Black Hawk War Chronicles

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 Black Hawk Declares War

April 9th 1865

by

Peter Gottfredson

Indian Depredations in Utah

 

 

War Is Declared!

"During the winter of 1864-65, a small band of Indians were camped near Gunnison, Sanpete County (Utah). It is said that they contracted small-pox, and that many died. The Indians seemed to think that the white people were to blame in some way for this and were threatening to kill the whites and steal their horses and cattle. Arrangements were consequently made for a meeting between the Indians and the whites at Manti on the 9th of April, 1865, to talk over matters.

 On that date a number of prominent Utes came to Manti. They met at Jerome Kempton's place, and it appeared that an understanding would be arrived at, but a young Chief (Yene-wood) also known as Jake Black Hawk War Indian Depredations in UtahArropeen (Wakara's brother) could not be pacified. "John Lowry, believed drunk at the time, told the Chief to keep quiet, when someone yelled, "look out he's getting his arrows!" Lowry jerked the Chief (by his hair) off of his horse, and was about to abuse him, when some men stepped in and broke them up."-Indian Depredations in Utah - Peter Gottfredson

Chief Yene-wood being dishonored before his people saw it as the final blow of a long endurance of insults and depredations over nearly 30 years that rallied the Utes under the leadership of Chief Black Hawk to declare war against the Mormons. This marked the beginning of what the whites later dubbed "The Black Hawk War."

 1865- Brigham Young at the point of heightened frustration told his followers; "Seek out the murdering Indians and slay them;" but in light of the political situation he commanded them "to keep quiet about it. Do your duty and say nothing to any man," he ordered, "and call upon nobody to help you for you are able to help yourselves." Utah's Black Hawk War by John Alton Peterson.

1847 is the year the first Mormon pioneers arrived, and it was not until 1865 when the besieged Chief Black Hawk, declared war. The white population had dramatically increased to about 50,000. At the same time the Ute population is estimated to have been 15 to 20 thousand. Measles, smallpox and tuberculosis was spreading epidemically among the Indians. The environment was drastically altered the Utes only source of food, hundreds starved to death.

The Black Hawk War in itself was not a single incident. Over 150 deadly confrontations took place over a seven year period throughout Utah territory and spilled over into Colorado, Idaho, and Wyoming as tens of thousands of Mormon Pioneers poured in at the rate of 3000 a month.

 

JOHN LOWRY STATES CAUSE OF BLACK HAWK WAR

JANUARY 25th 1894

On January the 25th the Black Hawk War Veterans held their first re-union, at the Reynolds Hall at Springville. There John Lowry gave his personal account of the cause of the Black Hawk War.

"The occasion of the present re-union being opportune, in order to correct any erroneous impression that has become wide-spread as to what precipitated the Black Hawk War. I take this opportunity or means of placing the facts before the world.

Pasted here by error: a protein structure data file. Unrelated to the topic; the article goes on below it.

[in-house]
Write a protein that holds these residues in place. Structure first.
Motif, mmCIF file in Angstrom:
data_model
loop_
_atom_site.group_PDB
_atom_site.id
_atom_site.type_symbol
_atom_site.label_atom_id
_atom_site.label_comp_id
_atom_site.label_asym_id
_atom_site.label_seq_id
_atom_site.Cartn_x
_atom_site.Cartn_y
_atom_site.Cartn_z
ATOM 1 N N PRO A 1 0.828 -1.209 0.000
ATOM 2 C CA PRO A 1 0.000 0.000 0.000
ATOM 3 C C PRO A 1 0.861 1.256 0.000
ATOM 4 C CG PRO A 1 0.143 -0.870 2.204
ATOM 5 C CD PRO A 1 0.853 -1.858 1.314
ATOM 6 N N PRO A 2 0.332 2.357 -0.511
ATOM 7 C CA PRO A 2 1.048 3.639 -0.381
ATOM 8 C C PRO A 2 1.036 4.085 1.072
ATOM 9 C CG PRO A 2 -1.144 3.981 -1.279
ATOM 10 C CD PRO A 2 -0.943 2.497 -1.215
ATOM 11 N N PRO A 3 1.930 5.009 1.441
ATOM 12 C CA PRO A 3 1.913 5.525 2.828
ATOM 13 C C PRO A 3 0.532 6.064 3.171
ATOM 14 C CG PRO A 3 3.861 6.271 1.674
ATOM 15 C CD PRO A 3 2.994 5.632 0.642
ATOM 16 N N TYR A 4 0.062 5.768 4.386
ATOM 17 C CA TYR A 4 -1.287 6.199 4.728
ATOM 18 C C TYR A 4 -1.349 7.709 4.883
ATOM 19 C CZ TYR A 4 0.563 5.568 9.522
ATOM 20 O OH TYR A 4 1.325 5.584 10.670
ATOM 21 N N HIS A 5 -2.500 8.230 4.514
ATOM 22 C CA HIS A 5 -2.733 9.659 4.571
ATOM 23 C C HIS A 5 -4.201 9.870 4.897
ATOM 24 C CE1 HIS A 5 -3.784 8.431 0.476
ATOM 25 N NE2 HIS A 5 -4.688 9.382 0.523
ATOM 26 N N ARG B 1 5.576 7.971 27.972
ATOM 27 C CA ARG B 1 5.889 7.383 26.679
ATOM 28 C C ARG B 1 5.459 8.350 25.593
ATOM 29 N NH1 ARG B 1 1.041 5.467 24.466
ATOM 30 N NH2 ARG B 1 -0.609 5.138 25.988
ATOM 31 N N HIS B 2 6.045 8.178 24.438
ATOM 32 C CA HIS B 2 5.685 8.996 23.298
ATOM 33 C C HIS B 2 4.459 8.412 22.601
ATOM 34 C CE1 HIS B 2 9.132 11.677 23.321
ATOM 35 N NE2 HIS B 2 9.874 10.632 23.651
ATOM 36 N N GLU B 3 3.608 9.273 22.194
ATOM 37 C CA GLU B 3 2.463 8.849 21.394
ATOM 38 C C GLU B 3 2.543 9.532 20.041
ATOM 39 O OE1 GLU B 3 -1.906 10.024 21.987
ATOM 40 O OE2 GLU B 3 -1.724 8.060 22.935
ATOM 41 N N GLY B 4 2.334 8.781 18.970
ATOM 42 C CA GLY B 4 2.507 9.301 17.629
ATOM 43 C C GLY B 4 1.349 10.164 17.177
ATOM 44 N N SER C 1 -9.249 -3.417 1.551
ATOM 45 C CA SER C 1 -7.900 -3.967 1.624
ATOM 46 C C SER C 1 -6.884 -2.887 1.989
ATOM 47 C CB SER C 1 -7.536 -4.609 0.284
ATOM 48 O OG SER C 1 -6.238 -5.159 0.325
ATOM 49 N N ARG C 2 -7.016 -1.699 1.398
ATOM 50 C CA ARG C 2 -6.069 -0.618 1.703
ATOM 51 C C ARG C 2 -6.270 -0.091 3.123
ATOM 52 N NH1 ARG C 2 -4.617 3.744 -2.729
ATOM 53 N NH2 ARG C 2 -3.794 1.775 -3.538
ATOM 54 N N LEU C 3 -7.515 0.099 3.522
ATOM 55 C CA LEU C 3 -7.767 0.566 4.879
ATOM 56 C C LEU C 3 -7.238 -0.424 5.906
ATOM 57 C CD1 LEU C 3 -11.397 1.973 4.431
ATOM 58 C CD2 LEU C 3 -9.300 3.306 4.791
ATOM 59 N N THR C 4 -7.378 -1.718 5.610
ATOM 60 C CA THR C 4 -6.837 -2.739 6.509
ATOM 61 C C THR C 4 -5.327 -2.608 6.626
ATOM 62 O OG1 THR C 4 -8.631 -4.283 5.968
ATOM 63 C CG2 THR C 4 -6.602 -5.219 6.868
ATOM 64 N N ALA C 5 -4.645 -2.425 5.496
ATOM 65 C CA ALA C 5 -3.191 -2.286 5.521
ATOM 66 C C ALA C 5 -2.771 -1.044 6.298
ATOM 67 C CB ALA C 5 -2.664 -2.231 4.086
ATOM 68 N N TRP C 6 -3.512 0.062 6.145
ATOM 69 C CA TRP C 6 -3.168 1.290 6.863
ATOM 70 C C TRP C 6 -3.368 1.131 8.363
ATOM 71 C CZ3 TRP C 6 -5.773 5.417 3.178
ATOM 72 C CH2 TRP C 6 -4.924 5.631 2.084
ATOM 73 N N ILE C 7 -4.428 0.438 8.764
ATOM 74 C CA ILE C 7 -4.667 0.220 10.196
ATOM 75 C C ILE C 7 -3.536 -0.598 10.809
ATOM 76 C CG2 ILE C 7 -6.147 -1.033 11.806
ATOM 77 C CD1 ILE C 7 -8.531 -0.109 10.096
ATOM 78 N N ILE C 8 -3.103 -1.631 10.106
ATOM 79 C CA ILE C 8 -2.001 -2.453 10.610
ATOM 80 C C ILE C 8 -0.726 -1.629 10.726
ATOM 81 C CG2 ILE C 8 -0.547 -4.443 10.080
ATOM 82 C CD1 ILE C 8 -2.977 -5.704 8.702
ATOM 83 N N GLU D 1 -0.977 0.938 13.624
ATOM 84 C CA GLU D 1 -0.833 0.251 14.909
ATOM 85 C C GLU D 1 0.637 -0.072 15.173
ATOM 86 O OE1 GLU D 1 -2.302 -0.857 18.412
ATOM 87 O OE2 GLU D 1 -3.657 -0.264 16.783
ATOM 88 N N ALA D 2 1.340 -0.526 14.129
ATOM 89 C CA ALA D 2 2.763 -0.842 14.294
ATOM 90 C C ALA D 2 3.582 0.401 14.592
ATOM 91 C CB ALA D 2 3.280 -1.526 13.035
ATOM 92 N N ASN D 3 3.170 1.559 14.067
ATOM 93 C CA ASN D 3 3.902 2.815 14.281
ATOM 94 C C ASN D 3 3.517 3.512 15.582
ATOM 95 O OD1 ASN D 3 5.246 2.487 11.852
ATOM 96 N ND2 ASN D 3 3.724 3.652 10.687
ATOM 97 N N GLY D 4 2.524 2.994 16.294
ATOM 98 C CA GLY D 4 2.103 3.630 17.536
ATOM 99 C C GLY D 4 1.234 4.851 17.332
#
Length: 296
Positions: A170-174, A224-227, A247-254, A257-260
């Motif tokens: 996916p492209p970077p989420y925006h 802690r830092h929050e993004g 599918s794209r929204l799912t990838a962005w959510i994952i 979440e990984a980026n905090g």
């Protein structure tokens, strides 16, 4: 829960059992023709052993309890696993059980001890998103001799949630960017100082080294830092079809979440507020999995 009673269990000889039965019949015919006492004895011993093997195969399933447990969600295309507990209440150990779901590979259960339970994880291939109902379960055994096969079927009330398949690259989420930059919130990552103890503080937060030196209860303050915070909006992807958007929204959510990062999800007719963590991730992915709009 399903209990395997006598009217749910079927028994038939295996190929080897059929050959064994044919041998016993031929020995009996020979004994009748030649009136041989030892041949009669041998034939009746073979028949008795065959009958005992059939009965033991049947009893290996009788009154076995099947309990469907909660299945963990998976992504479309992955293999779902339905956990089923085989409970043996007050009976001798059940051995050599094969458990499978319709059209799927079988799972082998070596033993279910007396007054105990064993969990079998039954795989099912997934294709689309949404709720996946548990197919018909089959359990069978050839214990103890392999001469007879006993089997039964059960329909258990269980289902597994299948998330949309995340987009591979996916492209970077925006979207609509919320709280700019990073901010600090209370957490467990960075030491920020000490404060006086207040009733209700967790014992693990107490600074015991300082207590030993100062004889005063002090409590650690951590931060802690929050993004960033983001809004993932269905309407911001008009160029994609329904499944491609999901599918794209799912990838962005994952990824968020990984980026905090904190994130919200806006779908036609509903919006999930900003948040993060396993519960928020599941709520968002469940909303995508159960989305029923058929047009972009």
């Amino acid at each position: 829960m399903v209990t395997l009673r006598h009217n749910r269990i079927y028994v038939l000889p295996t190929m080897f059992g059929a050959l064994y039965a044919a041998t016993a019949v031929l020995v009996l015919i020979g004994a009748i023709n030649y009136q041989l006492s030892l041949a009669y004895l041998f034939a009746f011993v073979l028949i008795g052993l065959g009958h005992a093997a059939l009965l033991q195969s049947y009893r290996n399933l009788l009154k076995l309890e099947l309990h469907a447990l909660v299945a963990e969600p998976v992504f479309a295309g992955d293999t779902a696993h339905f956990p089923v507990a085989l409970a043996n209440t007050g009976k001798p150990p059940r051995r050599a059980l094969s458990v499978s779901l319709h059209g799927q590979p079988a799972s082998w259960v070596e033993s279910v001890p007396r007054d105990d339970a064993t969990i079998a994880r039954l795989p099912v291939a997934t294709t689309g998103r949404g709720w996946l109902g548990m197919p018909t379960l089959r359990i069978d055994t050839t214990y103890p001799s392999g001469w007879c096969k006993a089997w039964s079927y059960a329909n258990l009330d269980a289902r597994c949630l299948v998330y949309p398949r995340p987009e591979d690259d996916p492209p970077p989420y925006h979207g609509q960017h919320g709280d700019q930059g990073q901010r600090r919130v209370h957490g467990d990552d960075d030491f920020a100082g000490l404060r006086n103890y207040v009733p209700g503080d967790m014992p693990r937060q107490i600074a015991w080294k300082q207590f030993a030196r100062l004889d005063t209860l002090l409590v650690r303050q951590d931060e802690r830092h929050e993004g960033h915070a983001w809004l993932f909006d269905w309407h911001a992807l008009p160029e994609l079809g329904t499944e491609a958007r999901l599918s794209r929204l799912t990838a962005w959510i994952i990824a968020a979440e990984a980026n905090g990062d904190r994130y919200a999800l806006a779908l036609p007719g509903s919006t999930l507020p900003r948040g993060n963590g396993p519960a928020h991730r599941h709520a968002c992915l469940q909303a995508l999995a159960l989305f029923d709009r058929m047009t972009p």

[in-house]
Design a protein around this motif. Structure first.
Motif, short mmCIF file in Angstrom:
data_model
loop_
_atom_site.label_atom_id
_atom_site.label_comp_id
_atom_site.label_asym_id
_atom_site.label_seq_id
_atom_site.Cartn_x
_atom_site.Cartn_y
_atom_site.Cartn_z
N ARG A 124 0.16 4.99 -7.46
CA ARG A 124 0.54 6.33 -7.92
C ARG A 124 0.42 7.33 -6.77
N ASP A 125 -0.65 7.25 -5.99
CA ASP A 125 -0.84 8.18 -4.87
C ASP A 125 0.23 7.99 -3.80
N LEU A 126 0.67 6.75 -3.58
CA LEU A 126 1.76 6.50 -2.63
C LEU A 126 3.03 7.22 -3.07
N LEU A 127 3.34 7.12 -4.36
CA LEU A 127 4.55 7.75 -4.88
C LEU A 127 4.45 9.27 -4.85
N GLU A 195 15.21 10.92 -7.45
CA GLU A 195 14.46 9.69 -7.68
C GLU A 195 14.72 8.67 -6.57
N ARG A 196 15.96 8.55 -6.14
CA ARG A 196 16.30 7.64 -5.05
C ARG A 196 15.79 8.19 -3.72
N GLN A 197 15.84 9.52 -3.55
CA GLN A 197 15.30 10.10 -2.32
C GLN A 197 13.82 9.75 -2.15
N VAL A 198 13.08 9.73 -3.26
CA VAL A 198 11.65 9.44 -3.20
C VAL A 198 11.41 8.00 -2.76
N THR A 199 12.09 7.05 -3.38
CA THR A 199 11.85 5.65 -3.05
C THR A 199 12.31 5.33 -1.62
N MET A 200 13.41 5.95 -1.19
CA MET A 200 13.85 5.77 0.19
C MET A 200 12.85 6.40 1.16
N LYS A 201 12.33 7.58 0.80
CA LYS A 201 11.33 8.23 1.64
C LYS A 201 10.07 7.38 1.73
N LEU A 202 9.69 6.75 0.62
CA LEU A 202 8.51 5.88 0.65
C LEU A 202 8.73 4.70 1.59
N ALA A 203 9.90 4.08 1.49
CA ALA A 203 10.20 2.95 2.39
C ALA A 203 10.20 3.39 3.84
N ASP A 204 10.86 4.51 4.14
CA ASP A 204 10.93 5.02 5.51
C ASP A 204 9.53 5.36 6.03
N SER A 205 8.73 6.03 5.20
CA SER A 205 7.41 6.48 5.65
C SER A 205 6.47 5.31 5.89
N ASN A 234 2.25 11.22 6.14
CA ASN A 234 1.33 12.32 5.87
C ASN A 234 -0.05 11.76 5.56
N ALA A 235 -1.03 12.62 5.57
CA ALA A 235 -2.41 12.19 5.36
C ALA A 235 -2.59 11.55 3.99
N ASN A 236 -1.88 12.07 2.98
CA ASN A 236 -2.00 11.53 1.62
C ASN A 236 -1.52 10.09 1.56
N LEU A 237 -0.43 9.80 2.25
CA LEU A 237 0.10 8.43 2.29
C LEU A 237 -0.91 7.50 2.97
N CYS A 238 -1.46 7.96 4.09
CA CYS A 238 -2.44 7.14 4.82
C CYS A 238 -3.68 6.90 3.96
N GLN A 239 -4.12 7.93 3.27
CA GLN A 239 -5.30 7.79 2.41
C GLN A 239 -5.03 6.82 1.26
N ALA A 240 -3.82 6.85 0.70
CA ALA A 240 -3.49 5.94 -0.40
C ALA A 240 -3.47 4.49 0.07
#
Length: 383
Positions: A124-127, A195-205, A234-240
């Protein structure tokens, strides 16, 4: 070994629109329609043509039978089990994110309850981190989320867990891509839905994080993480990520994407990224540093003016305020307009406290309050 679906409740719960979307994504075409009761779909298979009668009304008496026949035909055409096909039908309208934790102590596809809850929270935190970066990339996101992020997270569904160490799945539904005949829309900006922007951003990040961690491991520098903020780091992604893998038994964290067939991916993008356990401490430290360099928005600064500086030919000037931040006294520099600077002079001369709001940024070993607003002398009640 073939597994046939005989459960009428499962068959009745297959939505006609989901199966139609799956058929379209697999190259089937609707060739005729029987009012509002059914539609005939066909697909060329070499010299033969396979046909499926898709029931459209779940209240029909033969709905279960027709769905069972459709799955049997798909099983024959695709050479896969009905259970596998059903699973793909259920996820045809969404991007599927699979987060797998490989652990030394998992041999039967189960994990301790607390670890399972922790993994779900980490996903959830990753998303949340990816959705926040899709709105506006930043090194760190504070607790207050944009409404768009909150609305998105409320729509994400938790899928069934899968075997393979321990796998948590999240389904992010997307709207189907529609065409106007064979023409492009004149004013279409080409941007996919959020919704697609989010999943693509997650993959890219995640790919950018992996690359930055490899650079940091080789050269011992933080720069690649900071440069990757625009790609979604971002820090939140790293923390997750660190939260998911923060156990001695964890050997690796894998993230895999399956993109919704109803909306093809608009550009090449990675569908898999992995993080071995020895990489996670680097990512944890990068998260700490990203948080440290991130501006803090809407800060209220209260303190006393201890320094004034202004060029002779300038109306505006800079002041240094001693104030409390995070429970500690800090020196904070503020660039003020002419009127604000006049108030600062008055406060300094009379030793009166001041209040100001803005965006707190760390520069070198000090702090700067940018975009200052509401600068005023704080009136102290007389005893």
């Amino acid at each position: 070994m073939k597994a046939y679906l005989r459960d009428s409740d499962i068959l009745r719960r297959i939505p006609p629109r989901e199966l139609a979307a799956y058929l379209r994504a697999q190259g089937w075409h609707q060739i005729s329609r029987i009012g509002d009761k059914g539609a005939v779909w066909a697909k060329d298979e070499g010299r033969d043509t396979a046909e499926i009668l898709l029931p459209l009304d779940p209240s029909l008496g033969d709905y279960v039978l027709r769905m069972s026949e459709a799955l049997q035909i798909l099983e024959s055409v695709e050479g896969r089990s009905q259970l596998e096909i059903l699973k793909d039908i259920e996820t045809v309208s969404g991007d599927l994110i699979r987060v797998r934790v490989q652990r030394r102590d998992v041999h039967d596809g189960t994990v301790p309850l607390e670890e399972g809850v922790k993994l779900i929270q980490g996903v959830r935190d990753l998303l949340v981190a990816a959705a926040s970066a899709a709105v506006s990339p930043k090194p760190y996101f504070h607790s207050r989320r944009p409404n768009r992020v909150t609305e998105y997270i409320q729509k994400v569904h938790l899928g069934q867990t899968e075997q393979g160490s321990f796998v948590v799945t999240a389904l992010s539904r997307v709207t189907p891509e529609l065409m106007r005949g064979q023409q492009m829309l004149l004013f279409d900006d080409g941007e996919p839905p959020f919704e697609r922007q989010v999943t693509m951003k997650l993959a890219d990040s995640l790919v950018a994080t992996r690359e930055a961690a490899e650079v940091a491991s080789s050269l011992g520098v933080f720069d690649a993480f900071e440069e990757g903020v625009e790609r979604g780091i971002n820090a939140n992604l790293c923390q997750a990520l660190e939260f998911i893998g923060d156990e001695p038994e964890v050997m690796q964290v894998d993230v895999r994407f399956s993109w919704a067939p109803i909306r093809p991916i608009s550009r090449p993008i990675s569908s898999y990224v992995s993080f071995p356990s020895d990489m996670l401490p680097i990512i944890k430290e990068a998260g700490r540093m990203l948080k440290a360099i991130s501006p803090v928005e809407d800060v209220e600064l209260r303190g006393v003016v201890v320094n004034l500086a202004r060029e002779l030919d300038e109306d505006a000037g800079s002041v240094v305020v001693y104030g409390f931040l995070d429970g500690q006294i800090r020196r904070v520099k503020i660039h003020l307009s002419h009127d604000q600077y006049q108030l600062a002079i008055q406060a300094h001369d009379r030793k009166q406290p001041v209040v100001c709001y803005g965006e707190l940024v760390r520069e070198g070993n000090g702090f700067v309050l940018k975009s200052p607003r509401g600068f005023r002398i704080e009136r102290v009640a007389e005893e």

But first let me state that I came here as a pioneer, and took part in the first battle fought with the Indians under the command of Col. John Scott. And I have in one way or another been associated with almost every Indian trouble in the early history of this region. I served as Indian interpreter for years in Manti and have passed through many close places in dealing with the red man. At times having been surrounded by them I knew that one word, look, or action would have cost me my life in the event I showed fear. A man who betrayed cowardice might be killed without any consideration, but a brave man was always approached with consideration. Among then were some strange traditions and peculiar notions in relation to their spiritual life, they served Satan, not God, the idea being to placate the power bent on doing injury. The elder brother (God) was good, and never harmed anyone, but Satan was served through fear. For instance, should a white man write the name of an Indian on a slip of paper and give it out that it would be sent to Satan, the Indian would sacrifice his life if necessary to get possession of it. In 1864 a small band of Indians were wintering at Gunnison, and many of them died, and they found reason for their trouble in conclusion that the Mormons had written their names and sent them to Satan. And he had caused death to come upon them.  So in their councils they were directed by their Chief to stop the sickness among them by killing (Mormons) in retaliation. In February Black Hawk informed me what the Indians were going when the snow went off. They would kill the Mormons and eat Mormon beef. I immediately went to my Bishop with the information. He thought, as did many others, that it was just Indian talk and amounted to nothing; but the Indians told me several times what they intended to do and so I went the second time to the Bishop. My story was received by his saying "There are not enough of them." I then told him it did not matter how few the number as long as they entertained the idea that it was the wish of Satan, they would accomplish their purpose regardless of results to them. Shortly after I learned they were killing cattle. I had some cattle on this range myself, and in my search for them I found the skull of an ox which I owned. I operated a grist mill at the time, and the Indians would come there for grinding, and I remember it was about the sixth of March that I informed them that I had found the skull of my ox and asked them why they had killed it, as I had always been a friend to them, as had the Mormon people, generally. I talked to them in such a way that they agreed to pay me for the animal which had been killed by fetching me a horse, and they did so the next day. I agreed to meet with them at Manti about the eighth of April and talk the matter over of their killing our cattle. Accordingly the council took place. It appeared the difficulty would be settled amicably, but a certain young Indian present who's father had died during the winter continued to halloo and make demonstrations, saying that he would eat Mormon beef and kill "Mormons" when the snow went off. I told him a time or two to stop and to permit me to finish my talk. Just then someone called out "lookout, he is getting his his arrows!" I rode up to him and turned him off his horse, and pulled him to the ground. The bystanders interfered and we separated. I had fully exposed what they intended to do. The next day as our people were out hunting cattle a man named Peter Lugvigsen was killed. I have always taken the position that that talk with the Indians "showed their hand." I believe they started hostilities sooner than they would have done had not the incident above mentioned occurred. But the trouble would have come just the same. I am confident that many lives were saved, because it put the people on their guard. The Chief, Black Hawk told Charles Whitlock of Ephriam, the same thing as had been told me concerning the intention of the Indians. These are the facts as to the starting of the Black Hawk Indian depredations. In those early days it was at times imperative that harsh measures should be used. Hamilton killed an Indian dog, and whipped some Indians too, but that didn't start a war; I threw an Indian out of my house and kicked him off the place, and no war came of it. We had to do these things, or be run over by them. It was a question of supremacy between the white man and the Indian.